• Offer options and resources without pushing for one option over another. Do not tell a survivor what they “should” do or pressure them to report.
  • Get Support for yourself
  • Ask if they feel safe before ending the conversation. If they do not, consider calling a 24-hour crisis hotline together such as the CMHC Crisis Line (512) 471-CALL (2255) or SAFE Alliance, 512-267-SAFE (7233), available 24/7.

Things to avoid:

  • Don't tell a survivor that you know how they feel.
  • Don't tell a survivor what they must or should do.
  • Don't blame a survivor or cause them to feel guilt by saying things like, "Why didn't you..."

Friends and Partners

Believe the survivor. Listen to your friend or partner and validate that their experience of interpersonal violence is not their fault. It is often very difficult for survivors of interpersonal violence to talk about their experiences. Your job as a friend or partner is to support a survivor without judgment.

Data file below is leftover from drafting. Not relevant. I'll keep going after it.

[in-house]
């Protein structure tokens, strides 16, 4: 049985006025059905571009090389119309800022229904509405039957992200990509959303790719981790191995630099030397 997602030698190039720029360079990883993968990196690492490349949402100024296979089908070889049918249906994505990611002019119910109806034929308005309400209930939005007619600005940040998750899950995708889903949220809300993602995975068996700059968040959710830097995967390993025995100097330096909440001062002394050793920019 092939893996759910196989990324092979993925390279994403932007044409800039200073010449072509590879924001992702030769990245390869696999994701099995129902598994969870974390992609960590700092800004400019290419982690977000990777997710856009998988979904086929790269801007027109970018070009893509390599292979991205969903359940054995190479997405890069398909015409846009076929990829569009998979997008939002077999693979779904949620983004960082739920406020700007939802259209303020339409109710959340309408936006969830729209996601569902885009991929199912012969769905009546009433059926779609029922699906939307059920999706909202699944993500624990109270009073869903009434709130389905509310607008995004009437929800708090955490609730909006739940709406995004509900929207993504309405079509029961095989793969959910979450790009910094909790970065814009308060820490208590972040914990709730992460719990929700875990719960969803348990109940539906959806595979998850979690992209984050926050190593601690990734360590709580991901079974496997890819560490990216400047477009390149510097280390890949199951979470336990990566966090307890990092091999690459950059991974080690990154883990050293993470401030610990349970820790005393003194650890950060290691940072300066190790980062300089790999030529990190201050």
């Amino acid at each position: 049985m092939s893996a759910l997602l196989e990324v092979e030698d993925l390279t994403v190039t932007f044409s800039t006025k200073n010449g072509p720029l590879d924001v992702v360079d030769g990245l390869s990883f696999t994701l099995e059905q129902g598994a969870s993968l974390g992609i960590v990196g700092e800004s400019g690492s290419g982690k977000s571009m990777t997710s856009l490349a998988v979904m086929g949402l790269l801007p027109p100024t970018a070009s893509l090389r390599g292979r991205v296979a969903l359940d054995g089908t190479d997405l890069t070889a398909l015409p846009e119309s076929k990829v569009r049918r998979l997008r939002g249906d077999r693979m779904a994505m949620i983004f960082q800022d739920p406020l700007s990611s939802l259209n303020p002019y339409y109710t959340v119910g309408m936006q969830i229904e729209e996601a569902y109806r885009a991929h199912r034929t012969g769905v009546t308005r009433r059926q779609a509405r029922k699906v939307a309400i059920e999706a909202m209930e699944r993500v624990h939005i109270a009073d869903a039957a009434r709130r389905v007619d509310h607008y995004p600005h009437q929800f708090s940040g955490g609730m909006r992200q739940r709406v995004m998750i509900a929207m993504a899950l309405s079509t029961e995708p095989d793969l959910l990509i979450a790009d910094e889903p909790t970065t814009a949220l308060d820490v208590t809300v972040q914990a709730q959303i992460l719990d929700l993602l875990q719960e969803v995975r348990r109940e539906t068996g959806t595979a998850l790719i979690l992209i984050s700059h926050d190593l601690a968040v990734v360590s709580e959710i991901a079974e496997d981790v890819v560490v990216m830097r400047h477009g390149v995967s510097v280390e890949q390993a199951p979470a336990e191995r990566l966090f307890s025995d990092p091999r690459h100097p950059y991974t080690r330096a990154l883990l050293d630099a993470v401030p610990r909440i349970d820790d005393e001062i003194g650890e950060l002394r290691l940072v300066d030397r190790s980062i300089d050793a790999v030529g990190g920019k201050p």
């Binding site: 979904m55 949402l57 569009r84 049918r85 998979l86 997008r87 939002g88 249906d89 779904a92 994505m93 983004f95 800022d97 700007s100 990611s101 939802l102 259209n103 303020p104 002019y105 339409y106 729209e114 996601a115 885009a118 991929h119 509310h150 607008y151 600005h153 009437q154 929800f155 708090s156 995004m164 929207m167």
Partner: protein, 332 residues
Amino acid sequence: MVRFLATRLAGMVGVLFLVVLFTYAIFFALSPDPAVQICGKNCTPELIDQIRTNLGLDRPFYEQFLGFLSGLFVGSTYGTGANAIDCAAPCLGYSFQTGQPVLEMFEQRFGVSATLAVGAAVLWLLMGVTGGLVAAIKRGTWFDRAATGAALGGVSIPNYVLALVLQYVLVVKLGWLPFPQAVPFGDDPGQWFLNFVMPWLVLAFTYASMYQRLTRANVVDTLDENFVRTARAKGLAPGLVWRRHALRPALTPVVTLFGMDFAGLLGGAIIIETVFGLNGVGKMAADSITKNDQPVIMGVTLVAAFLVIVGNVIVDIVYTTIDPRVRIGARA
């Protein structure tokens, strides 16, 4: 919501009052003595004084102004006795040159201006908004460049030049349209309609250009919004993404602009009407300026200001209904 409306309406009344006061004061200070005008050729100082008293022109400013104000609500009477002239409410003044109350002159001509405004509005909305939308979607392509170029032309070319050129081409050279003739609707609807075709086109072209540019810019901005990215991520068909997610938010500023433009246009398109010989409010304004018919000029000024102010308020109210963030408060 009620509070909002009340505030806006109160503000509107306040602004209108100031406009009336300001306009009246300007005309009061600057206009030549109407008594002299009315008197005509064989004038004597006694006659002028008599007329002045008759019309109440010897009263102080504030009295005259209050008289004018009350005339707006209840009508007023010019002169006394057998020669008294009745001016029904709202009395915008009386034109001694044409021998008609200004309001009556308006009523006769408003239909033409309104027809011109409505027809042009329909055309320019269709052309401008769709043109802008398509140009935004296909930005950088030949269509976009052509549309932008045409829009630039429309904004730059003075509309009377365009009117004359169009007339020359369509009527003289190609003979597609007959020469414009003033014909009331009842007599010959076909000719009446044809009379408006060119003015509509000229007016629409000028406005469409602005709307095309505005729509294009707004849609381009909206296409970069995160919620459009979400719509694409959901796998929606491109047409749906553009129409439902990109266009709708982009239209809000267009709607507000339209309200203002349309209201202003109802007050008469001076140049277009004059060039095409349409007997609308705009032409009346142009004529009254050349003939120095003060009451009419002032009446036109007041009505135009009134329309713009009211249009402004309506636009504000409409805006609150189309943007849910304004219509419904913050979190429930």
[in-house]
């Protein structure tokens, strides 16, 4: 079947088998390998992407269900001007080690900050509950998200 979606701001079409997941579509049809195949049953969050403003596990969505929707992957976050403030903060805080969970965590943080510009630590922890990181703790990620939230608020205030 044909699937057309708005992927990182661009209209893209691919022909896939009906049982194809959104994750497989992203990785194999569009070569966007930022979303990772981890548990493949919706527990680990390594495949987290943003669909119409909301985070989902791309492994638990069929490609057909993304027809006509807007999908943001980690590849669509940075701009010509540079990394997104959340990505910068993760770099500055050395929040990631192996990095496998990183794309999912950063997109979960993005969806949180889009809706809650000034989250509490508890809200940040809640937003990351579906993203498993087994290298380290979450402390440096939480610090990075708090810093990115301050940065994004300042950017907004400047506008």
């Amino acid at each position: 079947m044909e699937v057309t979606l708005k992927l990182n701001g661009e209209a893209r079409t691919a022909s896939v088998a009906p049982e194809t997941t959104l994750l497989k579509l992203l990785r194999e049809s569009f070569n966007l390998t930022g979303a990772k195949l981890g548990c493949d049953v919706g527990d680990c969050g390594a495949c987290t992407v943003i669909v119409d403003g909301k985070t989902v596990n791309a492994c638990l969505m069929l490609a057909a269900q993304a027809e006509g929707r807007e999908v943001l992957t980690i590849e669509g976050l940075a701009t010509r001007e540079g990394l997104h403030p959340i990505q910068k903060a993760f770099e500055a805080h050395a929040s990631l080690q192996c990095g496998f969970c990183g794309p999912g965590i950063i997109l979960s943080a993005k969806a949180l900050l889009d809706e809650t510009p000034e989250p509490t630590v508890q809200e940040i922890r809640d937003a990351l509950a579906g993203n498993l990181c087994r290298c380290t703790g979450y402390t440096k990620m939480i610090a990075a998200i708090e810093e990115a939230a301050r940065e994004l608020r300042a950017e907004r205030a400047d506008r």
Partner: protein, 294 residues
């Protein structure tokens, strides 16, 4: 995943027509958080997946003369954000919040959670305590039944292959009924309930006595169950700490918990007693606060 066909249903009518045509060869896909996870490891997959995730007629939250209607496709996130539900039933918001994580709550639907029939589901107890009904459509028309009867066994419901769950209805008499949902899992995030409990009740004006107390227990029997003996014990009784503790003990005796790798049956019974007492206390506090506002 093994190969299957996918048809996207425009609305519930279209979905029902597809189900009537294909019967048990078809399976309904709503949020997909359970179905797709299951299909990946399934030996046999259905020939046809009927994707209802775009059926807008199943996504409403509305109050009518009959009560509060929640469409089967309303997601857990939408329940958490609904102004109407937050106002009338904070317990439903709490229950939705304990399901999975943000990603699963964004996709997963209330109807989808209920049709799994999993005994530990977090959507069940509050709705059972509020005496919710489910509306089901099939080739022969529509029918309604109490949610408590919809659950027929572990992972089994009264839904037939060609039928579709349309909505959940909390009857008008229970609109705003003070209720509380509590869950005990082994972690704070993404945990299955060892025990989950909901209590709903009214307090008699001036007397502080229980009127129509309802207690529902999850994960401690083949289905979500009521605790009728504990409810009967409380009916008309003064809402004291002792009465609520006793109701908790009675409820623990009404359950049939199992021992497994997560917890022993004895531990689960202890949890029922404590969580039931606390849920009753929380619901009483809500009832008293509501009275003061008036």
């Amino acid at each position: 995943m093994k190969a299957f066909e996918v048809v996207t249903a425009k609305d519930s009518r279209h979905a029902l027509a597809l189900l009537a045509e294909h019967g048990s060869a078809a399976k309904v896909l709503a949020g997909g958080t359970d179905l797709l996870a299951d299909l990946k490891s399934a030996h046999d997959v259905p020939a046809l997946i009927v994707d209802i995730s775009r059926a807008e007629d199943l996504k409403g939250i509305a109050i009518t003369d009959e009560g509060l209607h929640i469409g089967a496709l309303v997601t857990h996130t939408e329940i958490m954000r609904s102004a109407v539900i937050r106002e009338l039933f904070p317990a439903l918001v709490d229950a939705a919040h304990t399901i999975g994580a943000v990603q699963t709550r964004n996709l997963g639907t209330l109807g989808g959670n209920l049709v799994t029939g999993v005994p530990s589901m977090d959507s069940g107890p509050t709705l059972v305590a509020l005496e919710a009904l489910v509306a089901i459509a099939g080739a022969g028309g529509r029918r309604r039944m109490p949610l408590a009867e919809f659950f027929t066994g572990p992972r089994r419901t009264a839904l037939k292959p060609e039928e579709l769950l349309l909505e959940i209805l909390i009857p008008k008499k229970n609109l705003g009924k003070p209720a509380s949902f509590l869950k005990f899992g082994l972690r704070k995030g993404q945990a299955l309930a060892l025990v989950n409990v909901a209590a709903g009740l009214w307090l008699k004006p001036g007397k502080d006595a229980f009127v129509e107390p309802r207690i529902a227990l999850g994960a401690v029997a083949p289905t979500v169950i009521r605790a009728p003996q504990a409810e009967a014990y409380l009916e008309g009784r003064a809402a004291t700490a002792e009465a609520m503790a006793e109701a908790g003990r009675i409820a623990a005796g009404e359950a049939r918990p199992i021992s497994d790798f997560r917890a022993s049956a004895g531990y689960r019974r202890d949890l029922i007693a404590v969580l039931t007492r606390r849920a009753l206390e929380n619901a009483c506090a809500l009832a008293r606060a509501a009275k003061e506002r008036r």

Acknowledge that the experience of each survivor is unique and avoid making comparisons or assumptions about the survivor’s experience.

If your friend or partner would like to and is ready, you can talk with them about options. Interpersonal violence may feel very disempowering, and it is important that a survivor decide whether, when and how they will engage with resources. You can provide a listening ear, accompany your friend to resource appointments, look up information about reporting options or university procedures and provide your friend with relevant, helpful phone numbers if they want them.